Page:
There are some who find all this talk of “cuckoldry” to be a distasteful recent fad. This is not the case. Some diligent digging on the literature and histories of past centuries reveals that cuckoldry has been mercilessly mocked since ancient times. I was amused today to discover an old reference to it in one of the letters of the Emperor Julian the Apostate.
Julian (A.D. 331-363) was one of the most fascinating emperors of the later empire. While a full description of him and his reign is beyond our scope here, a few words may be said. He spent a great deal of time and energy trying to revive paganism, only to see his hopes dashed on the rocks of reality. He was an ascetic personality, subsisting on little food and many books; and it is said that he preferred the salons of the philosophers to the intrigues of the palace.
But he was not at all a dreamy idler. He was adept at military campaigning, won some great victories in Gaul keeping the Germans on their side of the frontier, and had ambitious plans to conquer Persia.
He was killed in battle against the Persians early in his attempt to move eastward. He left behind a substantial body of written work: mainly panegyrics, rhetorical dialogues, and assorted letters. As far as I know, no other Roman emperor except Marcus Aurelius has left written works in his own hand.
One letter contains firm counsel against raising children not one’s own. The letter is entitled “To Maximus the Philosopher” and appears as letter 59 in volume III of W.C. Wright’s excellent collection of Julian’s Greek works (Cambridge: Harvard Univ. Press).
Julian’s words are these:
We are told in the myth that the eagle, when he would test which of his brood are genuine, carries them still unfledged into the upper air and exposes them to the rays of the sun, to the end that he may become, by the testimony of the god, the sire of a true nursling and disown any spurious offspring.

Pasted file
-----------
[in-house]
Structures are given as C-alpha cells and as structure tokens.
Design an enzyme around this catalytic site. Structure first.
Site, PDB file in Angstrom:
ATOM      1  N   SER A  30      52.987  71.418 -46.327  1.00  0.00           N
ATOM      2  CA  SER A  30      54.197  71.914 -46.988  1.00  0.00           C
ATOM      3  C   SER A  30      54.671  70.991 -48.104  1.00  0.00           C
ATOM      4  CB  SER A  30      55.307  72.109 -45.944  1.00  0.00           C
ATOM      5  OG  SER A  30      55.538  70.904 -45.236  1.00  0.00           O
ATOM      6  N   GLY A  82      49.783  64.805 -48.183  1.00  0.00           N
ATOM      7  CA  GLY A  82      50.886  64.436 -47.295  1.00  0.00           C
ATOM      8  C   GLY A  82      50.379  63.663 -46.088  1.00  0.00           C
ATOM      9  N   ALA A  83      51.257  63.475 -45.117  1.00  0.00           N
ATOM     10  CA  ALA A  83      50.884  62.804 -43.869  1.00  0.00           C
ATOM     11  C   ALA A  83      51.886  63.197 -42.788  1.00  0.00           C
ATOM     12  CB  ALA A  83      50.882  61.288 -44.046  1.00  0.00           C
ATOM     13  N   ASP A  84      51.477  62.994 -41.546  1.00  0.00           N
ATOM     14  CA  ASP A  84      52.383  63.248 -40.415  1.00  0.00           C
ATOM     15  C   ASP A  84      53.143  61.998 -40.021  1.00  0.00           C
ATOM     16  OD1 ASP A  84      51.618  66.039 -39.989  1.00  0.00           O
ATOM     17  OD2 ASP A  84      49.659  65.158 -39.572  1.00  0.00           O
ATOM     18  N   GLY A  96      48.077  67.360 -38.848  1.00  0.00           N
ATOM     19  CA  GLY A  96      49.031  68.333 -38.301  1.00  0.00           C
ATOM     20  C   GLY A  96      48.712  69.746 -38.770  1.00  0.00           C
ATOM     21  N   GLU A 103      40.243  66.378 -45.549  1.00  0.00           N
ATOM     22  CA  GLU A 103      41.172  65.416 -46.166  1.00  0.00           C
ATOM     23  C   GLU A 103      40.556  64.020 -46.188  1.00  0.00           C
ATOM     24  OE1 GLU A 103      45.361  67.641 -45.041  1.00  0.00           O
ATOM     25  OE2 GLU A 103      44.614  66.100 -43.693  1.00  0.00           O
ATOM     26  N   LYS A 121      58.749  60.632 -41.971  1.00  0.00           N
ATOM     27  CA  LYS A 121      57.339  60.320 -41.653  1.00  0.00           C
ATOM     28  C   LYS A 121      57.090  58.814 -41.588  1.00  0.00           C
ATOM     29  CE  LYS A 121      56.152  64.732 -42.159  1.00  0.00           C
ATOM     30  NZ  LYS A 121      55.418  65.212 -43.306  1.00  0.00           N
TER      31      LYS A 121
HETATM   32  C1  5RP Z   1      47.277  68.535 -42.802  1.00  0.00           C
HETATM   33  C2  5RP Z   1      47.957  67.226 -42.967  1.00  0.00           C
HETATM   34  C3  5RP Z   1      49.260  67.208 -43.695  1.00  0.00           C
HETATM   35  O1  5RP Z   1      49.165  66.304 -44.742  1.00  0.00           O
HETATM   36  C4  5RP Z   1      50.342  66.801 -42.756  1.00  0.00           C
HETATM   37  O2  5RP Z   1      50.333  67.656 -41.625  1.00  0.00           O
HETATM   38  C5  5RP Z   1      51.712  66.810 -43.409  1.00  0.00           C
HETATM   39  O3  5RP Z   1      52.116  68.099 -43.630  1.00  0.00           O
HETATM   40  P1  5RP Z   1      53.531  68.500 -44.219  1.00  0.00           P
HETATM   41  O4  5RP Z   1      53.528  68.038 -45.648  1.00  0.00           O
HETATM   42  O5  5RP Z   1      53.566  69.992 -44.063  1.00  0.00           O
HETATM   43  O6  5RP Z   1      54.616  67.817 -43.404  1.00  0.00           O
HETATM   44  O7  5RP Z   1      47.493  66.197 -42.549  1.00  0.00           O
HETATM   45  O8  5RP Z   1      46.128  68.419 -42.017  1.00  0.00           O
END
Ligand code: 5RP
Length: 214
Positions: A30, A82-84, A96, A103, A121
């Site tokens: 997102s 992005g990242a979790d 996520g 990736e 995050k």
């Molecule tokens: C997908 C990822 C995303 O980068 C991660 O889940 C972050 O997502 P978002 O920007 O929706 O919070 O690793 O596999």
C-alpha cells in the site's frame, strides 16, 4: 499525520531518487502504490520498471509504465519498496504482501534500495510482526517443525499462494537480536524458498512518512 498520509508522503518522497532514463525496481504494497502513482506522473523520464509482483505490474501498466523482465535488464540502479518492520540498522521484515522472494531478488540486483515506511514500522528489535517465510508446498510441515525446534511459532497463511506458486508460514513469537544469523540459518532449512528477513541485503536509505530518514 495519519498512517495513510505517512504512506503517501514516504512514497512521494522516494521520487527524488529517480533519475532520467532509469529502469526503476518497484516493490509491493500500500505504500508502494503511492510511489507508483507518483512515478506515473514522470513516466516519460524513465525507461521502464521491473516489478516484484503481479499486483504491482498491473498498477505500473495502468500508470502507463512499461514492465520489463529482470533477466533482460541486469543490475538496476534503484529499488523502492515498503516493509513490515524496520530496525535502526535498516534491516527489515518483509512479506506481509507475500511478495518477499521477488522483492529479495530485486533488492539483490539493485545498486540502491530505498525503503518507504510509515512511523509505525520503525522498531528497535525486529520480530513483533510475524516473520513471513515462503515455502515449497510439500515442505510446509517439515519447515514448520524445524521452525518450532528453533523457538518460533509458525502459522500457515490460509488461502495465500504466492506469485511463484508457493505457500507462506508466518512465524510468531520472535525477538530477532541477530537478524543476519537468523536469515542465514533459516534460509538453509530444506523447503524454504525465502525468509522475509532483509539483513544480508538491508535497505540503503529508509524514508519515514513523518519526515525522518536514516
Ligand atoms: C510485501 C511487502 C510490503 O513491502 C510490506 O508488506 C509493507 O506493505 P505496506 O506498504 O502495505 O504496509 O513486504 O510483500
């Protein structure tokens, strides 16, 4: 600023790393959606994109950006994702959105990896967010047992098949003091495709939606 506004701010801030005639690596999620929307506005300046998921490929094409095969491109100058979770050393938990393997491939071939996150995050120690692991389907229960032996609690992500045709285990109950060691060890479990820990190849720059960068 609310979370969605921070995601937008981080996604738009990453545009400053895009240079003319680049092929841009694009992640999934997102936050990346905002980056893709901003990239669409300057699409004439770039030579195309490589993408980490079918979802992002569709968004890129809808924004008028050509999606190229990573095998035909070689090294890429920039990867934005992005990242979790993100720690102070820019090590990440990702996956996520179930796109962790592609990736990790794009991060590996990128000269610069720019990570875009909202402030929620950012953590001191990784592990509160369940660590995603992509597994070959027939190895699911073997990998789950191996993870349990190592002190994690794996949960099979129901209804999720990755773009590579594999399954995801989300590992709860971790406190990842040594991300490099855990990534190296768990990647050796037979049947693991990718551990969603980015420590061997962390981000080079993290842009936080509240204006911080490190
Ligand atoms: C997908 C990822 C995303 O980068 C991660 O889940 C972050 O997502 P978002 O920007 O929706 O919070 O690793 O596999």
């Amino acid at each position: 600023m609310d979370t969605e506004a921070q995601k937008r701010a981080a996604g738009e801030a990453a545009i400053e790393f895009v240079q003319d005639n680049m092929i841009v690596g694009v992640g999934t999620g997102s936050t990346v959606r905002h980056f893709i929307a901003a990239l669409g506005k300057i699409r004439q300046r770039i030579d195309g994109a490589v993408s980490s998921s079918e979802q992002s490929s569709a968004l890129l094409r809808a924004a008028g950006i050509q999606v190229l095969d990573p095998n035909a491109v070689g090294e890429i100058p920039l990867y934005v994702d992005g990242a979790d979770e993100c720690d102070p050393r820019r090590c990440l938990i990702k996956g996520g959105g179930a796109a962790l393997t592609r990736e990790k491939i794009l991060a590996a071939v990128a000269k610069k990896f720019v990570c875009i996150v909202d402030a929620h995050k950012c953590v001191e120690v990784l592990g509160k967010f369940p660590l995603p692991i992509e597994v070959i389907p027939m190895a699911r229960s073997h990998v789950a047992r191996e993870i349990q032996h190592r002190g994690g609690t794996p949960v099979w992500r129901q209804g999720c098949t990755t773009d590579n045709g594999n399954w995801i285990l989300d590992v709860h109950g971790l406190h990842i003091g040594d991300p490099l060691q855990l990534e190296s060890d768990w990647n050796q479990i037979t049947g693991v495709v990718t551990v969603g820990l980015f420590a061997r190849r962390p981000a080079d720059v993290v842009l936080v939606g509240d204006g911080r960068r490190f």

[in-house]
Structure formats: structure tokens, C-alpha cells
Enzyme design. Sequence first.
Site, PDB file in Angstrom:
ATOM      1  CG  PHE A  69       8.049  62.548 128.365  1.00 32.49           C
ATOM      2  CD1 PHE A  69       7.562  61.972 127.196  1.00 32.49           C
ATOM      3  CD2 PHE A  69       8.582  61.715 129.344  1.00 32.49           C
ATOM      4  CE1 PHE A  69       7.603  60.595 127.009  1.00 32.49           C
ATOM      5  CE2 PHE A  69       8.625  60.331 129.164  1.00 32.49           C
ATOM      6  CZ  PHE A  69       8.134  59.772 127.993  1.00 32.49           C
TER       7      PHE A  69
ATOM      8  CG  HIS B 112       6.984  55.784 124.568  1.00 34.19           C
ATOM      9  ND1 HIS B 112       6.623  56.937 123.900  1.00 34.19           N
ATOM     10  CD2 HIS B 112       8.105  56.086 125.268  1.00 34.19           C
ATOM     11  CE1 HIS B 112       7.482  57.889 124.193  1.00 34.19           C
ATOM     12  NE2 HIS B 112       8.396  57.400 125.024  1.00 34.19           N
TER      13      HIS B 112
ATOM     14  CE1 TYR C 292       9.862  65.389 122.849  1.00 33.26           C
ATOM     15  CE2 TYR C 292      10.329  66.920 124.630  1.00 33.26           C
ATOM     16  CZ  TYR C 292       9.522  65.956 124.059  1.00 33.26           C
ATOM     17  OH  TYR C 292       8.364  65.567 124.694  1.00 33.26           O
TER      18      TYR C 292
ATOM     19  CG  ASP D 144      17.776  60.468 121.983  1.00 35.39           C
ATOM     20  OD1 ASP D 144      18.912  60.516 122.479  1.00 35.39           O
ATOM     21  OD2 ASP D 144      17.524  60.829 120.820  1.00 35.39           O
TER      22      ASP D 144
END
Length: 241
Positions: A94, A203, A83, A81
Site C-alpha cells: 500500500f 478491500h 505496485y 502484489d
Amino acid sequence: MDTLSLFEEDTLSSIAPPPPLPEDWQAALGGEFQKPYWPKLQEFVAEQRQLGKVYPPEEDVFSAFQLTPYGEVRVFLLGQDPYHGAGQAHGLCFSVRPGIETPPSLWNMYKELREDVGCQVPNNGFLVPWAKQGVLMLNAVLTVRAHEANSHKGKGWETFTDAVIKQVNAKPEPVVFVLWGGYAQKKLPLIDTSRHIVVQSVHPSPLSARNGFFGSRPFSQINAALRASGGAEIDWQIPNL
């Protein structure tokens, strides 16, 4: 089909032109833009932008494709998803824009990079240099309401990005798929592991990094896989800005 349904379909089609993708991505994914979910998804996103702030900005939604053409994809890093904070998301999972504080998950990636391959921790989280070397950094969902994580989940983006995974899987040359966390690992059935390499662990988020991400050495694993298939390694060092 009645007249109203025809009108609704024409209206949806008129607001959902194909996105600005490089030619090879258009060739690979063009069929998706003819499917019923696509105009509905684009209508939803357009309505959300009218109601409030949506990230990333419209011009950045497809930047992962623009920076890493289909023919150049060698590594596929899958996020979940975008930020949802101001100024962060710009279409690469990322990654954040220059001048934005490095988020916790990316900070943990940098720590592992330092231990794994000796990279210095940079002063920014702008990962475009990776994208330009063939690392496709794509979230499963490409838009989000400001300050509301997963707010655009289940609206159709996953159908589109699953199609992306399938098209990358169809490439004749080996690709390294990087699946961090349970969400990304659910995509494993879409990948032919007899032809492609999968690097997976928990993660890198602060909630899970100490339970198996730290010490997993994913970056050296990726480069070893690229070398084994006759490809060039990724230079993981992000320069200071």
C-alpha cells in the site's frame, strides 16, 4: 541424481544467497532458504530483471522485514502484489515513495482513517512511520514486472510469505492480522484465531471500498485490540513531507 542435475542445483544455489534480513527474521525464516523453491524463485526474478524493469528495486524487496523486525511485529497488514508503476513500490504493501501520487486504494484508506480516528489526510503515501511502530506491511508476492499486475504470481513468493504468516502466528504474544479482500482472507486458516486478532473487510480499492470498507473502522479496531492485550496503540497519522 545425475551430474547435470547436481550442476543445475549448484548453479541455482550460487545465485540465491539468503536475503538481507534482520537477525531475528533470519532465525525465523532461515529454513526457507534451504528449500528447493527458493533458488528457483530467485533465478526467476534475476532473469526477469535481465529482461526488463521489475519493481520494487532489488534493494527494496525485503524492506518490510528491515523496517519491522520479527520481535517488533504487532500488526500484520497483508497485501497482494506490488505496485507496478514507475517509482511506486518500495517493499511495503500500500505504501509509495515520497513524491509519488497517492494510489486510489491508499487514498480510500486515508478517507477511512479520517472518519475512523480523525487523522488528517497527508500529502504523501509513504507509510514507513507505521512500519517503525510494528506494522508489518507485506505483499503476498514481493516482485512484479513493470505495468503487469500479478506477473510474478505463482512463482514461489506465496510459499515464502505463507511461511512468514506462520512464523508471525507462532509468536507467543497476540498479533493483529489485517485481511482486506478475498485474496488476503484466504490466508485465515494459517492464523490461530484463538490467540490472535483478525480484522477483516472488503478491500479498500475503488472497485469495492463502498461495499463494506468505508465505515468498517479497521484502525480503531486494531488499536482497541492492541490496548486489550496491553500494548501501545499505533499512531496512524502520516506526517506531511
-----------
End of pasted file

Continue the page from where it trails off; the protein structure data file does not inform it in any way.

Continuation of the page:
…I submit my speeches to you as though to Hermes the god of eloquence; and, if they can bear the test of being heard by you, it rests with you to decide whether they are fit to take flight to other men also.
But if they are not, then fling them away as though disowned by the Muses, or plunge them in a river as bastards. Certainly the Rhine does not mislead the Celts, for it sinks deep in its eddies their bastard infants, like a fitting avenger or an adulterous bed.
But all those that it recognizes to be of pure descent it supports on the surface of the water and gives them back to the arms of the trembling mother, thus rewarding her with the safety of her child as incorruptible evidence that her marriage is pure and without reproach. [Cf. Wright, p. 210-211].
We can see from this that Julian believed men should take care that the children they were raising were their own. The Celts–and presumably other tribes as well–thought the same. Bearing and raising one’s own children was of paramount importance, as this letter demonstrates.
The Rhine was well-known as a place for the practice of these “legitimacy” rites. Other such references exist in literature. The poet Claudian mentions the legitimacy rite in his poem In Rufinum (II.112) when he uses the phrase quos nascentes explorat gurgite Rhenus [“The Rhine’s bubbling water tests the infants”].
The example we have used here is only one of countless such references that can be found in ancient, medieval, and modern literature. Legitimacy matters to men, and it is natural and normal for it to be a concern. This has been the case for many centuries. Don’t let anyone tell you otherwise.
Read More: What Is The Imagination?